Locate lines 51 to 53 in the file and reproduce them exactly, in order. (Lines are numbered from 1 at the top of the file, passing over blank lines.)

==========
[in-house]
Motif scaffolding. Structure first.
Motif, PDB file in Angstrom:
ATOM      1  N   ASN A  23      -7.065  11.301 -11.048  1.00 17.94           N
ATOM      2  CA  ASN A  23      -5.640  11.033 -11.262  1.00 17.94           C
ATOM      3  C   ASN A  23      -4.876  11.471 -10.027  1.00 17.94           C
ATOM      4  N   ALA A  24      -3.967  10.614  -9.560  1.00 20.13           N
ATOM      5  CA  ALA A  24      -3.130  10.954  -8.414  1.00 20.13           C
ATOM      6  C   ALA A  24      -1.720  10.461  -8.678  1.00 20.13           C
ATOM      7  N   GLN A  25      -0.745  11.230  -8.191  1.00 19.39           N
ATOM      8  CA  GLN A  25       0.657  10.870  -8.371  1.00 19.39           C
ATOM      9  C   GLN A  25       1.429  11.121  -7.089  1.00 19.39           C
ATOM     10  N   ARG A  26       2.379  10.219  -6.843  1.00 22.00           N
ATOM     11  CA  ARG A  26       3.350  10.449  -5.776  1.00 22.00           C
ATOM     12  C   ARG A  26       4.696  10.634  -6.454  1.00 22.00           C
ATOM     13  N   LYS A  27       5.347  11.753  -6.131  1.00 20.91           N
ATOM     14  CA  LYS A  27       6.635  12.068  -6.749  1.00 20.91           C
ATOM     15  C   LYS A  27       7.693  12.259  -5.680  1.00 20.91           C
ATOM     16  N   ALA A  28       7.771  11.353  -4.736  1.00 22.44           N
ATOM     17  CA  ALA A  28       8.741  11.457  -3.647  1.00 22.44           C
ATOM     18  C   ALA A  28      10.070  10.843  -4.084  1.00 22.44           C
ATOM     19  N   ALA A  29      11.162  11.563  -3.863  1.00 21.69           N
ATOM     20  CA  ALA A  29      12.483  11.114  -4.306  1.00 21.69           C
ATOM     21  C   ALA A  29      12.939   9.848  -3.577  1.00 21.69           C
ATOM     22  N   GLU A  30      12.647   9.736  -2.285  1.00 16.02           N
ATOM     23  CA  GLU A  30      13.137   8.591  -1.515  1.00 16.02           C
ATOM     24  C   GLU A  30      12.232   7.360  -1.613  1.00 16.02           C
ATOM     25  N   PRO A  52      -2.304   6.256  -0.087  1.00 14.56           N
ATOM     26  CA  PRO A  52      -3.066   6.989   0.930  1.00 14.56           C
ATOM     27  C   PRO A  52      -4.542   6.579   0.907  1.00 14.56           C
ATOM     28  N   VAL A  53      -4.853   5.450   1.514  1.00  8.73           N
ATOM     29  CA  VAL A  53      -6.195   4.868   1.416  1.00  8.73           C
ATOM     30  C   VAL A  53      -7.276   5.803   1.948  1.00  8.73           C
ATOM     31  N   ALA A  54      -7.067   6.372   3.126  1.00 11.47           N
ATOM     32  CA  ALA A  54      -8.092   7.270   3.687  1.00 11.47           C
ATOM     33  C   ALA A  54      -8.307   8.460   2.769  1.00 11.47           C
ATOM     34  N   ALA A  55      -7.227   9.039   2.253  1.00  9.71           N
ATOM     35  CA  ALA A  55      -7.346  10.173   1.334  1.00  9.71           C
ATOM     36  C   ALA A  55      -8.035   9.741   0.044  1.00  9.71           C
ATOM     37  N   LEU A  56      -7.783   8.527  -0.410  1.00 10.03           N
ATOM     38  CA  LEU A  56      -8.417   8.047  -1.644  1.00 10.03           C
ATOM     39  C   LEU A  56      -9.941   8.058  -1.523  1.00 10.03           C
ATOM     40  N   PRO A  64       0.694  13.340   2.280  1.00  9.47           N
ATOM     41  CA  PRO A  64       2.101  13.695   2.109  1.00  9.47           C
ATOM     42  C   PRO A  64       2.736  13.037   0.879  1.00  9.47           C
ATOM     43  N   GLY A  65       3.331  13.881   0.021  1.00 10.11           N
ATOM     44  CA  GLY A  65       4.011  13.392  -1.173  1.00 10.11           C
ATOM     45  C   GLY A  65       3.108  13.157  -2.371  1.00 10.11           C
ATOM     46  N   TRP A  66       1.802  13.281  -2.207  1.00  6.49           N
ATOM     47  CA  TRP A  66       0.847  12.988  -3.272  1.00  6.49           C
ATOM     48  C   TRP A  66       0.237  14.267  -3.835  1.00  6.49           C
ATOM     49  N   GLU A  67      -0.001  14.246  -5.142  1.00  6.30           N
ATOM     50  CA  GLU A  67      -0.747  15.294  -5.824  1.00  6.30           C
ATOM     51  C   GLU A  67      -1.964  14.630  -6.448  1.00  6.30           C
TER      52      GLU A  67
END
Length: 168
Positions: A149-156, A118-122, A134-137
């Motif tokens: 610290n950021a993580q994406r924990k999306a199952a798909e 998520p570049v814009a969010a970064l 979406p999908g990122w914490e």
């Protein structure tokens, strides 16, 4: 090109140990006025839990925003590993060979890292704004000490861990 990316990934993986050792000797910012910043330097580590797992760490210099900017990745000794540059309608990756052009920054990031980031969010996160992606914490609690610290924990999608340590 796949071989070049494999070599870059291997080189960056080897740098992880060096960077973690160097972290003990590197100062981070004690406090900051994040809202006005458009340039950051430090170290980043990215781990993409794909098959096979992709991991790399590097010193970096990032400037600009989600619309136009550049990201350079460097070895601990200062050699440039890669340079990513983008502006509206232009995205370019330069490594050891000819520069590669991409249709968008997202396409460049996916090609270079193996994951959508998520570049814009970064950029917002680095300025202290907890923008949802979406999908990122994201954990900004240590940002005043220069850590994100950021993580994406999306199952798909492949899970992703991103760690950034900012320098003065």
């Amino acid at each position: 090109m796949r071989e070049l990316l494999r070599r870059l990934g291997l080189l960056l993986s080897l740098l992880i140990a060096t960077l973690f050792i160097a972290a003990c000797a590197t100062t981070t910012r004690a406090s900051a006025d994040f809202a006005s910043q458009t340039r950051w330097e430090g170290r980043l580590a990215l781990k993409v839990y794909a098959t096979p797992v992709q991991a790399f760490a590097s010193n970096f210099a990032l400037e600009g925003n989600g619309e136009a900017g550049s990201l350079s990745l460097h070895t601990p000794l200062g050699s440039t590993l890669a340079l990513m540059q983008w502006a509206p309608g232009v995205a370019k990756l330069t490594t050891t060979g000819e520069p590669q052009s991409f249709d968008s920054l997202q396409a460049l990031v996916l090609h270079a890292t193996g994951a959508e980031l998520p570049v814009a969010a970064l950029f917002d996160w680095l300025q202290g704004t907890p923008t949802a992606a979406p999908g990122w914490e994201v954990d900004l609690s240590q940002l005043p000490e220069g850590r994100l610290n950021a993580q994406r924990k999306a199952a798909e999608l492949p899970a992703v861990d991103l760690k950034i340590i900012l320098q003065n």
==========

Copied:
ATOM     48  C   TRP A  66       0.237  14.267  -3.835  1.00  6.49           C
ATOM     49  N   GLU A  67      -0.001  14.246  -5.142  1.00  6.30           N
ATOM     50  CA  GLU A  67      -0.747  15.294  -5.824  1.00  6.30           C